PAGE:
Monitoring Food Temperatures

Monitoring refrigeration units.

Have you ever had a unit break down in the middle of the day?  How about a unit that just can’t seem to maintain food temperatures below 41°F?

Both present potential risks to food safety.  Proper monitoring of your units can avoid the costly choice of throwing food away that has become unsafe.

What is required by Code of Maryland Regulations (COMAR)?  Section pertains to storage, service and transport of foods in retail establishments in Maryland.  Today we will focus on monitoring cold food storage only.

The internal temperature of the food must be maintained to avoid pathogenic bacteria and other microorganisms that could cause spoilage.  Most food must be held at 41°F or below except; shell eggs can be stored at 45°F or less, certain reduced oxygen packaged foods like crab meat should be stored at 38°F or less.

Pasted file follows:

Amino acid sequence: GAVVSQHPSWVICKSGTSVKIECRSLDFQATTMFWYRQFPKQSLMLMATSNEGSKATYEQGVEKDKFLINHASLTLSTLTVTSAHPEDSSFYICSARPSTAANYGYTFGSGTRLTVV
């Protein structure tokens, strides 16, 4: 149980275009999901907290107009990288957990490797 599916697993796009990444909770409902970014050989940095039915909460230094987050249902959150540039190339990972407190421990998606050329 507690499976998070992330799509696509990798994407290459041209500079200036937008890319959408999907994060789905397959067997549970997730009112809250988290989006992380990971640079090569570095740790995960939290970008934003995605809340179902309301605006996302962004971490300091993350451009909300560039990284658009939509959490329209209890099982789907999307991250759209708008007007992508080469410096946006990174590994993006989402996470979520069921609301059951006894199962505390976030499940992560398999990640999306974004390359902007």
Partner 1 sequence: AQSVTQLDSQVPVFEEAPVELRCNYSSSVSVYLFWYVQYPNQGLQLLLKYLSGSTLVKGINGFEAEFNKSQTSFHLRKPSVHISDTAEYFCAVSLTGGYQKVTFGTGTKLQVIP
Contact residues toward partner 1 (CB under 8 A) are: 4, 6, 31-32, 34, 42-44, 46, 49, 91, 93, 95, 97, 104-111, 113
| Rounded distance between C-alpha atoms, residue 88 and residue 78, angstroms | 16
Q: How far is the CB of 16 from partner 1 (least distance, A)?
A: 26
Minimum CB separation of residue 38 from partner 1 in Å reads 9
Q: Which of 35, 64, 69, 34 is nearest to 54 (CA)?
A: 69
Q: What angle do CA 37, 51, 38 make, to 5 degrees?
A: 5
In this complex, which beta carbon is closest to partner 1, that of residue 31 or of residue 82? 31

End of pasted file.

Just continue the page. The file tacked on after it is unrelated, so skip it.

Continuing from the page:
The temperature measuring device has 2°F markings, accurate within +- 2°F, calibrated at least annually, is easily readable, and located in the warmest area of unit where food is stored.

Anytime Temperature Control for Safety (TCS) foods or as COMAR calls them, Potentially Hazardous Food (PHF) goes above the required temperature for more than 4 hours the product must be discarded.

This is a summary of the regulations, for complete information read the regulation.

How often are you required to monitor foods?

Surprisingly, there is no regulation that states how often you must monitor foods.  You do need to make sure temperatures are maintained.  So that would infer that you should monitor every 4 hours so you can take the corrective action of throwing the food away.

How often do I recommend you monitor food temperatures?

I recommend that you monitor and record your refrigeration and cooler temperatures every 2 hours.  This will provide you with a verifiable temperature that can be used in case the unit experiences a problem.  The following are two similar examples with different outcomes

Example 1: You monitored the temperature at 12 PM and at 4 PM you discovered the product temperature to be at 57°F.  The only corrective action you can take is to discard the food.